Ms. Marvel: stopping misinformation


Morgan Kong

In her weekly column, Monday with Ms. Marvel, Wingspan’s Trisha Dasgupta reviews different political issues and relatable topics in everyday life.

Trisha Dasgupta, Editor-in-Chief

In the days following the January 6 insurrection at the Capitol building, we saw multiple social media companies finally step up to the mantle and ban users and politicians who were spreading dangerous misinformation about election fraud and tampering. 

It only took four years, but hey, better late than never, right? No, not quite. 

It took an attempted coup of the U.S. government for Twitter, Instagram, Facebook, and all the other social media companies to finally take an active position on misinformation, but it should never have gotten to this point. The rampant lies and misinformation on social media played an active role in emboldening the insurrectionists in January and the time for stricter regulations on misinformation on social media has been a long time coming. 

Technology companies need to implement stronger restrictions on what types of information can be spread on social media, and they need to hold everyone accountable- including politicians and public figures. 

The current fact checks that were implemented by Twitter and Instagram at the beginning of the pandemic are great, and there needs to be more for various topics. Instagram has COVID-19 information banners for every single post that even has an elliptical reference to the pandemic, and that should be implemented on posts that have content relating to elections and other prominent current events. If a user reaches a certain number of falsely fact-checked posts, then they should have their account suspended or removed entirely.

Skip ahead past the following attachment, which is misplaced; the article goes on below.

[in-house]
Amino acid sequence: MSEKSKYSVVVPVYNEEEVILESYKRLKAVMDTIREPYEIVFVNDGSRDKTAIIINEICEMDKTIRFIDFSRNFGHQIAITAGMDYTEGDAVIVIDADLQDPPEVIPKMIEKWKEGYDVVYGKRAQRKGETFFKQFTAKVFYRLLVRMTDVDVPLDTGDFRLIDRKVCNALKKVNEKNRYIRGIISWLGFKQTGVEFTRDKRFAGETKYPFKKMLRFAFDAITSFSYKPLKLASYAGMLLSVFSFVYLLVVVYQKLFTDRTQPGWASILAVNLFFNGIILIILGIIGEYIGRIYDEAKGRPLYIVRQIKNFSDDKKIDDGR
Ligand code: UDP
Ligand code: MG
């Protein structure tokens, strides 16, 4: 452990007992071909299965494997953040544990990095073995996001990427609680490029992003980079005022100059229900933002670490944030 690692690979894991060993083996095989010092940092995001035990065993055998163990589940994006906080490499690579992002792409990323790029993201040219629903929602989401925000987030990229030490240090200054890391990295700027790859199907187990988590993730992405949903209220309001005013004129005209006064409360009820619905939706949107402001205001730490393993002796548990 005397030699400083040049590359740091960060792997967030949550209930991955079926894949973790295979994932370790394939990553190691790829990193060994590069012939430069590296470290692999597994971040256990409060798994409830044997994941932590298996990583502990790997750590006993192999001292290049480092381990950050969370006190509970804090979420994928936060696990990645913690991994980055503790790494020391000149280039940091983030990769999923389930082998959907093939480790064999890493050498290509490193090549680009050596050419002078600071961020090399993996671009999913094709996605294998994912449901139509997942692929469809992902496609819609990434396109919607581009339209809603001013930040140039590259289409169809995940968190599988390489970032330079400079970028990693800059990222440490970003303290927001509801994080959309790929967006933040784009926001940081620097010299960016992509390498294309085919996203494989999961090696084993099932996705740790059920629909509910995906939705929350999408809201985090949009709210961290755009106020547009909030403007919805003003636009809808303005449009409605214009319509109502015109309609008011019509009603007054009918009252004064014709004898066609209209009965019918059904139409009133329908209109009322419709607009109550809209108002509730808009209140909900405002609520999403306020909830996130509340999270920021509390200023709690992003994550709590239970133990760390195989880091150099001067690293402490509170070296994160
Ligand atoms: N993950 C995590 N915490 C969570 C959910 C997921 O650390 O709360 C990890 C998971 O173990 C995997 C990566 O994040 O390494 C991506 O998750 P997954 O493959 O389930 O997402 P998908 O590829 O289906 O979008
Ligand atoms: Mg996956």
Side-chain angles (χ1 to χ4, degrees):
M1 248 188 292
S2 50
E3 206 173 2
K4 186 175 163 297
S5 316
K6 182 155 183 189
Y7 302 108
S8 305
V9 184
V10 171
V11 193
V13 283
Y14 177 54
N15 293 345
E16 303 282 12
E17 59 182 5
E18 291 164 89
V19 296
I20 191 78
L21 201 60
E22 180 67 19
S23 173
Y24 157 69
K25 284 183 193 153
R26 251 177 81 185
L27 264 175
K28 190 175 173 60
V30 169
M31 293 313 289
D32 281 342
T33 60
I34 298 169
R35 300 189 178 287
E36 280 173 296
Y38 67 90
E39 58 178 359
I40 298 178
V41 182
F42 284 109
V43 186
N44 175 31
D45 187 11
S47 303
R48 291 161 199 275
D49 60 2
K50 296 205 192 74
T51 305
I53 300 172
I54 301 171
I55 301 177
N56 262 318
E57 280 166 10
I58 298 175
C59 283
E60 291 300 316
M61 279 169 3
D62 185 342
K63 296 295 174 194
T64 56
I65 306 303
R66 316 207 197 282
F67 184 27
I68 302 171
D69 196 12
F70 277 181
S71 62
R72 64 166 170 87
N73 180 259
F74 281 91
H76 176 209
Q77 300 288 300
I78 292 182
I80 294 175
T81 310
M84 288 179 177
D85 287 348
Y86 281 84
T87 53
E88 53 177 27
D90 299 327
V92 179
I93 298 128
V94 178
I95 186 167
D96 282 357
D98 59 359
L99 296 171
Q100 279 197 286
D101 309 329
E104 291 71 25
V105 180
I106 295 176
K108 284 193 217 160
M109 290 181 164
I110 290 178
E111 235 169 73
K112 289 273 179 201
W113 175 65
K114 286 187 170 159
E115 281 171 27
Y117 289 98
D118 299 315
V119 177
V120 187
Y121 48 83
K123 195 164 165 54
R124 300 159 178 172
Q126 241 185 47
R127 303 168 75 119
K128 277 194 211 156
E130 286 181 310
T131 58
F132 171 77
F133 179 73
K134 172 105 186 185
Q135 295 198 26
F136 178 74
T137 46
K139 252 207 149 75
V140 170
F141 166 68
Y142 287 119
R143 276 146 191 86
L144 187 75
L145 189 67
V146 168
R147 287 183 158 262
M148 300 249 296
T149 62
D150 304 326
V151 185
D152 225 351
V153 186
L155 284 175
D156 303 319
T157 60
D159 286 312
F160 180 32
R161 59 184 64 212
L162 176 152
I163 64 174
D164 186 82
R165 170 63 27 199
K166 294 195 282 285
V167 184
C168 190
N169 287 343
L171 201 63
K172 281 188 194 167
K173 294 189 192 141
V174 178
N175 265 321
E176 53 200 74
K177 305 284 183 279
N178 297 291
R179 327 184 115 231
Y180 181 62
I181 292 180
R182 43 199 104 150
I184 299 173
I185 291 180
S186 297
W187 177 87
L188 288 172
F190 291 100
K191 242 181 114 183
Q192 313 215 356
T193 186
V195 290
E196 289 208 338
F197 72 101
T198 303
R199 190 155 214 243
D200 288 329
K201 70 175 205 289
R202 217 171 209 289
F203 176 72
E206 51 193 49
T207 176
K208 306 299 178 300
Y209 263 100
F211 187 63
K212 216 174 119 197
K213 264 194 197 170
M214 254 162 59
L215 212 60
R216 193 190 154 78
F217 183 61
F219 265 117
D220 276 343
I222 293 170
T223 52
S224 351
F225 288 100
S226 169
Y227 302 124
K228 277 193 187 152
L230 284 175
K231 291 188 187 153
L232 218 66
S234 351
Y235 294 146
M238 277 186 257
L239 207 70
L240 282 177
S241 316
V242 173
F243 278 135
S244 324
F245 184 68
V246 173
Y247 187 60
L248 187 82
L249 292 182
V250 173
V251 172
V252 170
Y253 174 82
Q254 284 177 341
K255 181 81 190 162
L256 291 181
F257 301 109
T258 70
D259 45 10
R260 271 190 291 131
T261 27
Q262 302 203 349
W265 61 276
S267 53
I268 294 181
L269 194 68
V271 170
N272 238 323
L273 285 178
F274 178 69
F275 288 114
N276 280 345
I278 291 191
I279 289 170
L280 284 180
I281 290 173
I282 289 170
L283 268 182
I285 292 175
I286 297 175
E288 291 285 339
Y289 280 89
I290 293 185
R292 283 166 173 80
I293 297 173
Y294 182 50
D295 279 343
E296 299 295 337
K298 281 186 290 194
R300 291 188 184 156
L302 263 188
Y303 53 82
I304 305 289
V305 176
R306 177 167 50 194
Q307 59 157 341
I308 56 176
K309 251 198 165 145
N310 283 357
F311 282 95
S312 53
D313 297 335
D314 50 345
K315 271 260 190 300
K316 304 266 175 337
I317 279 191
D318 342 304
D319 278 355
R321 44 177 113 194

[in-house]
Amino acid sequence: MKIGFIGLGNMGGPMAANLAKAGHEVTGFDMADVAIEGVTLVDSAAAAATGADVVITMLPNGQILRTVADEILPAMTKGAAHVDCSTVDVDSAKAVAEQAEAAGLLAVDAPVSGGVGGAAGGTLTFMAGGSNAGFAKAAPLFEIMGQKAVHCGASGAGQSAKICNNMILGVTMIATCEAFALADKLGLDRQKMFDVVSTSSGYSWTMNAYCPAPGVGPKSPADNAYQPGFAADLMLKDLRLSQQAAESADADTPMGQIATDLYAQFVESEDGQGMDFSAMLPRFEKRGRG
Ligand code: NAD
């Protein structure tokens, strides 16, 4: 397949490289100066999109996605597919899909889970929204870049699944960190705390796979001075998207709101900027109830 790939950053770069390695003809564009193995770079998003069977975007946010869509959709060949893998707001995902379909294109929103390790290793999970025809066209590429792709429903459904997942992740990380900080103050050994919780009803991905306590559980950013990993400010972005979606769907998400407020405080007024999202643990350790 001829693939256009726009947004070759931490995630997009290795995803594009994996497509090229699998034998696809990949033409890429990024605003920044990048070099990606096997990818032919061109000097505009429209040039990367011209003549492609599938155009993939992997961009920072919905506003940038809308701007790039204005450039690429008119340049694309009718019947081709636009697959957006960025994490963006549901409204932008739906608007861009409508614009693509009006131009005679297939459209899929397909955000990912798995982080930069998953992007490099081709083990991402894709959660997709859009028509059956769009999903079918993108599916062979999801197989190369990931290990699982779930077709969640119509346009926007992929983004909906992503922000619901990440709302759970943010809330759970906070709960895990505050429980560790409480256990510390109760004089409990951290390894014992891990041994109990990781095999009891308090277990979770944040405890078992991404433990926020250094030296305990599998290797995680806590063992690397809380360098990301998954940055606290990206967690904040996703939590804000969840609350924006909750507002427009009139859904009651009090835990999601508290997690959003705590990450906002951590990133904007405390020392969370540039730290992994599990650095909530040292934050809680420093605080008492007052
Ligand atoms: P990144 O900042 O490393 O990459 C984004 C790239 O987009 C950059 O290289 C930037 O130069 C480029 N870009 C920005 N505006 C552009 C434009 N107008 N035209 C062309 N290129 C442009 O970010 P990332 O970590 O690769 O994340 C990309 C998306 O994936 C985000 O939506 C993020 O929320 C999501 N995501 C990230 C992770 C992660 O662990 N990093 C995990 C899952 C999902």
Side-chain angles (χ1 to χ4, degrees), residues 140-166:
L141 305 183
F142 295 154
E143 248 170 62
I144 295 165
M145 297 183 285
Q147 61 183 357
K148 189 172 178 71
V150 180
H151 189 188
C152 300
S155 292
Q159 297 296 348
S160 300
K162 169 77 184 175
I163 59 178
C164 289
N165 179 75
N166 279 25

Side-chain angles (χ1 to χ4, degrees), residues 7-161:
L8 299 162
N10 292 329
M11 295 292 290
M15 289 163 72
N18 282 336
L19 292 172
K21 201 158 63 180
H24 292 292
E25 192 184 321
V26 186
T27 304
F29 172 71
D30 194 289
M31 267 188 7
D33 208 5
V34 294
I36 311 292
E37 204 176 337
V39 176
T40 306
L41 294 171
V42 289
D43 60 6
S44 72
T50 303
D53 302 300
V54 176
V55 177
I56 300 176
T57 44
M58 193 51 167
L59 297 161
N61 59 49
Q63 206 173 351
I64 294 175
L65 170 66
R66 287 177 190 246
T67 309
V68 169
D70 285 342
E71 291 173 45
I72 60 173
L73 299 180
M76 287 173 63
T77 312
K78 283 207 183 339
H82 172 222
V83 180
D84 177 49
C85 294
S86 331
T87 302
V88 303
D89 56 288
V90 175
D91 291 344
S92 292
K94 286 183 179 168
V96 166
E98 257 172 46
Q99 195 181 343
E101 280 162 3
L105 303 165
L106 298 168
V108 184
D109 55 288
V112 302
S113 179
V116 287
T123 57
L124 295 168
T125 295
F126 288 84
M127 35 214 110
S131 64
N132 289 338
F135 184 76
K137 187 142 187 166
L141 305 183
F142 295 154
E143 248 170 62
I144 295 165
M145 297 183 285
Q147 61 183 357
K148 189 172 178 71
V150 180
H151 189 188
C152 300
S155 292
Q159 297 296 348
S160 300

Users shouldn’t be allowed to retweet something without having clicked on the link mentioned first. Posts that have been fact-checked should be more transparent. Repeat offenders should be held accountable. 

The argument has been made that this could potentially set a dangerous precedent- do we really want to censor politicians? 

However, this isn’t censorship. If these social media companies started taking down posts that they simply did not agree with then yes, we would be facing an ethical issue. Still not legislative or constitutional, as social media companies are private non-governmental organizations that don’t have an obligation to uphold the First Amendment, but yes there would be an ethical dilemma. Still, we aren’t talking about opinions here-we’re talking about facts. 

Misinformation is a black and white subject, either a post is accurate or it contains falsified information. It’s not censorship to take down inaccurate information or statements. 

The Capitol insurrection was one severe example of what misinformation can result in. The insurrectionists were led on by false conspiracy theories that were allowed to exist on Facebook, Qanon, Instagram, and Twitter. It’s not a stretch to say that our very democracy depends on voters having access to correct information, and it’s time that social media companies started doing their part in stopping the spread of misinformation.